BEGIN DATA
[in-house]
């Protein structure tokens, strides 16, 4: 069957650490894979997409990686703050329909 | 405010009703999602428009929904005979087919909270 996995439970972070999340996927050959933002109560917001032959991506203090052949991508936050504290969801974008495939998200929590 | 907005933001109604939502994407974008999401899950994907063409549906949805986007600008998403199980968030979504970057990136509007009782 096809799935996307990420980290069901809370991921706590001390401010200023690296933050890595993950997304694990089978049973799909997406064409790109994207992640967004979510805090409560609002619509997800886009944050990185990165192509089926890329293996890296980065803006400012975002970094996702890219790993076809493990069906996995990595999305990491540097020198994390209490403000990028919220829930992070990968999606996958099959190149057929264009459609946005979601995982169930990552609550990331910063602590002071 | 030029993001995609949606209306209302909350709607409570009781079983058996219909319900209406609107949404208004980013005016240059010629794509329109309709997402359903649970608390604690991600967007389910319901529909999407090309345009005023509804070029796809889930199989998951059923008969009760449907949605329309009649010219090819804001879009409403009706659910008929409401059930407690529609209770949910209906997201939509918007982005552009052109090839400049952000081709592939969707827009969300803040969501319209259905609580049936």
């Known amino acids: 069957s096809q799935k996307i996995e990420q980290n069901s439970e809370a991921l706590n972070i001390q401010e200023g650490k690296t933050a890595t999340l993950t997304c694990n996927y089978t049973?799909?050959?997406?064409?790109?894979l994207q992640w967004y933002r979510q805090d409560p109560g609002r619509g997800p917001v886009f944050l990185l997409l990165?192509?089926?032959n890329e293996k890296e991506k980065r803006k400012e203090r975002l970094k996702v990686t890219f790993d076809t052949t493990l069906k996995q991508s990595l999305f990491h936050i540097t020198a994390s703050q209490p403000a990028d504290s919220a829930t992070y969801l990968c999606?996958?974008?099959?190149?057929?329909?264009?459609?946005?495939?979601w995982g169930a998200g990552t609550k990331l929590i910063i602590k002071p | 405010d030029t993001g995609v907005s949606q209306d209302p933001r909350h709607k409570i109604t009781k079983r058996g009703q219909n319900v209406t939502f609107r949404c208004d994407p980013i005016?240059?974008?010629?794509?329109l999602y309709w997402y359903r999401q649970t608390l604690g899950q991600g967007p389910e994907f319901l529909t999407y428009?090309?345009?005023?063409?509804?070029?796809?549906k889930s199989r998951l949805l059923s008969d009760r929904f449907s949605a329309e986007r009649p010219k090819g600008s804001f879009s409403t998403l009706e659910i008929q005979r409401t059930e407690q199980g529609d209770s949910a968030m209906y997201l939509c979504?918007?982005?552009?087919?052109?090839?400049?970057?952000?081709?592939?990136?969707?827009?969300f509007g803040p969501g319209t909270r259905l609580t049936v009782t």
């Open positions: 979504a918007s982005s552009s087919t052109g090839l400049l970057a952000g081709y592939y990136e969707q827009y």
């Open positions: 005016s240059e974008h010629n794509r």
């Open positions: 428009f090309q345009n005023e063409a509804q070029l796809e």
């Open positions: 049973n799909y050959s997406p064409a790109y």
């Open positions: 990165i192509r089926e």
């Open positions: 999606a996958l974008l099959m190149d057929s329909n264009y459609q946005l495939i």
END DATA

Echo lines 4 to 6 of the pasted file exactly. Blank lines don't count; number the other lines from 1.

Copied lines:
């Open positions: 979504a918007s982005s552009s087919t052109g090839l400049l970057a952000g081709y592939y990136e969707q827009y």
């Open positions: 005016s240059e974008h010629n794509r």
């Open positions: 428009f090309q345009n005023e063409a509804q070029l796809e």